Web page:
How to Install and Configure Squid web Proxy Server on Debian Linux


Squid Web Optimization Delivery Proxy Server. Makes website Load faster in the Network

What is Squid?

Squid is a caching and forwarding web proxy. It reduces bandwidth and improves response times by caching and reusing frequently-requested web pages. There are two big advantages to squid, it is fast and it is free.

Squid was originally developed as the Harvest object cache. It runs on most available operating systems, including Windows and is licensed under the GNU GPL. Squid is used by hundreds of Internet Providers world-wide to provide their users with the best possible web access. Squid optimises the data flow between client and server to improve performance and caches frequently-used content to save bandwidth.

Thousands of web-sites around the Internet use Squid to drastically increase their content delivery. Squid can reduce your server load and improve delivery speeds to clients. Squid can also be used to deliver content from around the world.

How big of a system do I need to run Squid?

There are no hard-and-fast rules. The most important resource for Squid is physical memory, so put as much in your Squid box as you can. Your processor does not need to be ultra-fast. We recommend buying whatever is economical at the time.

Your disk system will be the major bottleneck, so fast disks are important for high-volume caches. SCSI disks generally perform better than ATA, if you can afford them. Serial ATA (SATA) performs somewhere between the two. Your system disk, and logfile disk can probably be IDE without losing any cache performance.

The ratio of memory-to-disk can be important. We recommend that you have at least 32 MB of RAM for each GB of disk space that you plan to use for caching.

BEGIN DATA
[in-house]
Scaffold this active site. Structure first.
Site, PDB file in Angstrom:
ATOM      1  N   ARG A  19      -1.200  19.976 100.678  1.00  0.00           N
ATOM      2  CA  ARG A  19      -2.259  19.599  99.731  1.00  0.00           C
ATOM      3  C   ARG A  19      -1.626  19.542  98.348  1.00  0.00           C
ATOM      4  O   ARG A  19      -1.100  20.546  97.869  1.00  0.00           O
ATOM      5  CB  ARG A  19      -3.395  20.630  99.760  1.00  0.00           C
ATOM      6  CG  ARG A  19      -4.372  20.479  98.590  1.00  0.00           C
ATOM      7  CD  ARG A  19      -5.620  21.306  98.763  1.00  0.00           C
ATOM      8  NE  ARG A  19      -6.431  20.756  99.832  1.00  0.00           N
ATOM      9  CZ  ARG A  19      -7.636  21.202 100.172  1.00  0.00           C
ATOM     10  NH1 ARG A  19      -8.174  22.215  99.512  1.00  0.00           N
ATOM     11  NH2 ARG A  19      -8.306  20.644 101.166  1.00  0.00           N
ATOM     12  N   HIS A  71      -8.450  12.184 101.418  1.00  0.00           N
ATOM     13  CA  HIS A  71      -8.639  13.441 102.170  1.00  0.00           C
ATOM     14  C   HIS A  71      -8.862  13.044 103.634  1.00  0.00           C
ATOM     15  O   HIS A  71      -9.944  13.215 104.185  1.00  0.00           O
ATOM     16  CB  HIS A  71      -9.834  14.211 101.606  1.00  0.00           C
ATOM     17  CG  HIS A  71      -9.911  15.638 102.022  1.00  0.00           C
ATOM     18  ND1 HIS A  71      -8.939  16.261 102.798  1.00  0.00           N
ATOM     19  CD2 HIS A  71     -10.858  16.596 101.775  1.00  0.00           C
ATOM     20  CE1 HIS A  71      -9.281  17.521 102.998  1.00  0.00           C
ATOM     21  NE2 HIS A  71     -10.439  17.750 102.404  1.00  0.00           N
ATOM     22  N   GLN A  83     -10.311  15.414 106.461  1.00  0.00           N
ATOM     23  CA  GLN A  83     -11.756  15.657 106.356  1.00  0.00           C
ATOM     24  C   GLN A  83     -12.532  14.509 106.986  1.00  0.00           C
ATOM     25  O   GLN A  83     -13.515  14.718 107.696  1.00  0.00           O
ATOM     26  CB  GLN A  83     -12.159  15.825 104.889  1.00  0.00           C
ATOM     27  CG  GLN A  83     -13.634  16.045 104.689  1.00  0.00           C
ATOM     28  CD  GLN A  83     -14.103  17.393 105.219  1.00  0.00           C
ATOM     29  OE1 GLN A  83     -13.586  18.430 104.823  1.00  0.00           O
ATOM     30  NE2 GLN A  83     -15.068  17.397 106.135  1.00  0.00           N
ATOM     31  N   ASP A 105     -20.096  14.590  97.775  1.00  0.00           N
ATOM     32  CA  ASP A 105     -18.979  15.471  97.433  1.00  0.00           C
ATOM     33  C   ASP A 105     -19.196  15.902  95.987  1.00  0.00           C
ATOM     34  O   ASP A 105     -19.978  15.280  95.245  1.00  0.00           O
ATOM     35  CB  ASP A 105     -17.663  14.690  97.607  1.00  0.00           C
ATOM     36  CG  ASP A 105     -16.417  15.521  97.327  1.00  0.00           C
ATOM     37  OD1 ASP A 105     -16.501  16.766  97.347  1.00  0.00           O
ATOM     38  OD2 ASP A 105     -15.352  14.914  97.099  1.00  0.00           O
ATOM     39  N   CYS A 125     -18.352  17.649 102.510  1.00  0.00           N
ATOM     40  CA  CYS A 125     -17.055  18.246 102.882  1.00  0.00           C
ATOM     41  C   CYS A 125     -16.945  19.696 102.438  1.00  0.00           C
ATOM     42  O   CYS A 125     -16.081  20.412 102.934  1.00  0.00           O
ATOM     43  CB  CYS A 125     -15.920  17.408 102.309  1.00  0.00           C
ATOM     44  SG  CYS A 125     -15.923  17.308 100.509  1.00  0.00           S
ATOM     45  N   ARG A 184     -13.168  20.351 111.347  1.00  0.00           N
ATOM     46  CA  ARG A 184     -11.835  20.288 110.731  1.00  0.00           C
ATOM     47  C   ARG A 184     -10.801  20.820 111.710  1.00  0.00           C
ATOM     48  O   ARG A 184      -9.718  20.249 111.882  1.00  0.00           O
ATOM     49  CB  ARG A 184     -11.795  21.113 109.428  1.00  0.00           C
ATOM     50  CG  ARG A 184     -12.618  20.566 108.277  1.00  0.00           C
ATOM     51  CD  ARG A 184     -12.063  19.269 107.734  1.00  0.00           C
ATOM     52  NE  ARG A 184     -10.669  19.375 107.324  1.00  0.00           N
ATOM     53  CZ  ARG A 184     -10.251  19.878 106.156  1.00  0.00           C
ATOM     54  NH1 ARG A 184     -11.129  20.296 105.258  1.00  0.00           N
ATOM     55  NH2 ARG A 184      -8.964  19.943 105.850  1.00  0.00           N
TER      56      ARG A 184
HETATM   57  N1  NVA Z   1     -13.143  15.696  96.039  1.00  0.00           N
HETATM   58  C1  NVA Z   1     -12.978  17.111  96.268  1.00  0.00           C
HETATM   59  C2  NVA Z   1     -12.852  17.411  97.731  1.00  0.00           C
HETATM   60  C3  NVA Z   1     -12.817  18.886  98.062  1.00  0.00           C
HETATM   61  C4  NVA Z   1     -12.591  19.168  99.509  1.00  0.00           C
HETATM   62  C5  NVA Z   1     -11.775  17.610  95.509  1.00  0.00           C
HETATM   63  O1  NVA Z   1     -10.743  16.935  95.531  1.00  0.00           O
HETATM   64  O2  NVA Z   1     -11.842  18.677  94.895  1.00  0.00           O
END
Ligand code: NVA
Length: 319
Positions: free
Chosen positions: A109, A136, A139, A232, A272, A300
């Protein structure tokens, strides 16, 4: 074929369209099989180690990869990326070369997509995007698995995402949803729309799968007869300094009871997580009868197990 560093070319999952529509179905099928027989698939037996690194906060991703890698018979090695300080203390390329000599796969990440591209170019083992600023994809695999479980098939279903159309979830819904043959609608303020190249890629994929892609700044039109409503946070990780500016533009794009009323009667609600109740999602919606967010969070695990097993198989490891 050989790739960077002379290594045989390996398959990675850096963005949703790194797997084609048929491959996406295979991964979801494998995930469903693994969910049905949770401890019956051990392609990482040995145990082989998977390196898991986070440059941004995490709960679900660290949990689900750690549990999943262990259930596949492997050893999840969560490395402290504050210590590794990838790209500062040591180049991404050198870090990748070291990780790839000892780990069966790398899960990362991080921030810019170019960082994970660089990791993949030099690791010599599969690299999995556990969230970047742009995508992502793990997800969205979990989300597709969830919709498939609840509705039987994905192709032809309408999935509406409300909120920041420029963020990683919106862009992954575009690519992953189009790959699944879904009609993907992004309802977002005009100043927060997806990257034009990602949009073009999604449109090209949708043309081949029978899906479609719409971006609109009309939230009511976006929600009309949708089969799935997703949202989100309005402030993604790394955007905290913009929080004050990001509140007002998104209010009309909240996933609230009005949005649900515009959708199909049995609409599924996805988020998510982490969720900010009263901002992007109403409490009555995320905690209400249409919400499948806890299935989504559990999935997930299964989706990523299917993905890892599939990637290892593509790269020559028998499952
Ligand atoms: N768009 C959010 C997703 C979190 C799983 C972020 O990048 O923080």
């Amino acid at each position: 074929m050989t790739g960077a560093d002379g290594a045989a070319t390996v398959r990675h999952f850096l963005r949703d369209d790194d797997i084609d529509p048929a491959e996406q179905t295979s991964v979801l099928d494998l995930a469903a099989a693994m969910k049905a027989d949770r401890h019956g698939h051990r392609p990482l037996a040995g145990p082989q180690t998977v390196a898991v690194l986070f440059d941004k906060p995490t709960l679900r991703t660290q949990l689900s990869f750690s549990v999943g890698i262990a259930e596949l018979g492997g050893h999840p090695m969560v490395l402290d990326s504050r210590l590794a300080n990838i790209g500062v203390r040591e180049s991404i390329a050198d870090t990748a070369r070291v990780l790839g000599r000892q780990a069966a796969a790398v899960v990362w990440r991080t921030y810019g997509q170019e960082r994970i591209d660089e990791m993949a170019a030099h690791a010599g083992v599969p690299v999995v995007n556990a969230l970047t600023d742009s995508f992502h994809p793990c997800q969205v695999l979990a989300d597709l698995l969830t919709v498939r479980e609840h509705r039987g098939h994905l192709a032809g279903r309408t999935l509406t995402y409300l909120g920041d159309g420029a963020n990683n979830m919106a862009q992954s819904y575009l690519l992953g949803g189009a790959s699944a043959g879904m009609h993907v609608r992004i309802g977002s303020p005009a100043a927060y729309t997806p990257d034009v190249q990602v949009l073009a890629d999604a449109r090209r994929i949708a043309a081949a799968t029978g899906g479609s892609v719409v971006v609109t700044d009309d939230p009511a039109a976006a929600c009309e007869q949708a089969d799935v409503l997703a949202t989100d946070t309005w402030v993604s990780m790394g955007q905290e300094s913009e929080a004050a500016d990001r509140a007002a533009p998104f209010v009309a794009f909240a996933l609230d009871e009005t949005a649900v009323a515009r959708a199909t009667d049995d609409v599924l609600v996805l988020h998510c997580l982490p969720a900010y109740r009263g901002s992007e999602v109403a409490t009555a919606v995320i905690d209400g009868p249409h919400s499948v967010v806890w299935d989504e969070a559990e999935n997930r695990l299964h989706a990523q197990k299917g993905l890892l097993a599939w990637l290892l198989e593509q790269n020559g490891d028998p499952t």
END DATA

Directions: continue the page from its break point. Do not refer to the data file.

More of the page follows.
Squid is now developed almost exclusively through volunteer efforts.

Squid Proxy Server Profile

  • Packages : squid3-common,squid.
  • Service Name: squid
  • Default port : 3128
  • Config File : /etc/squid/squid.conf
  • Log file Path: /var/log/squid
  • Environment : Unix, Debian.

In this article, we’ll explain how to setup Squid server to use it as a proxy server on Ubuntu/Debian machines. eg: Kali linux

Step 1

As a matter of best practice we’ll update our packages, Update the system.

root@Ryan: apt-get update && apt-get upgrade -y

Step 2

Install Squid Server by Apt-get.

root@Ryan: apt-get install squid -y

The Squid server starts downloading required packages.

Step 3

Squid should start immediately after the installation. If the squid failed to start follow step 5. Use the following command to view information on the command

root@Ryan: squid3 -h

root@Ryan: systemctl status squid or service squid status

Step 4

root@Ryan: squid3 -v

Squid Cache: Version 3.5.23
Service Name: squid
Debian linux

Step 5

Now we have successfully Installed squid. Enable and start the Service.

root@Ryan: systemctl enable squid && service squid start

Step 6 Configuration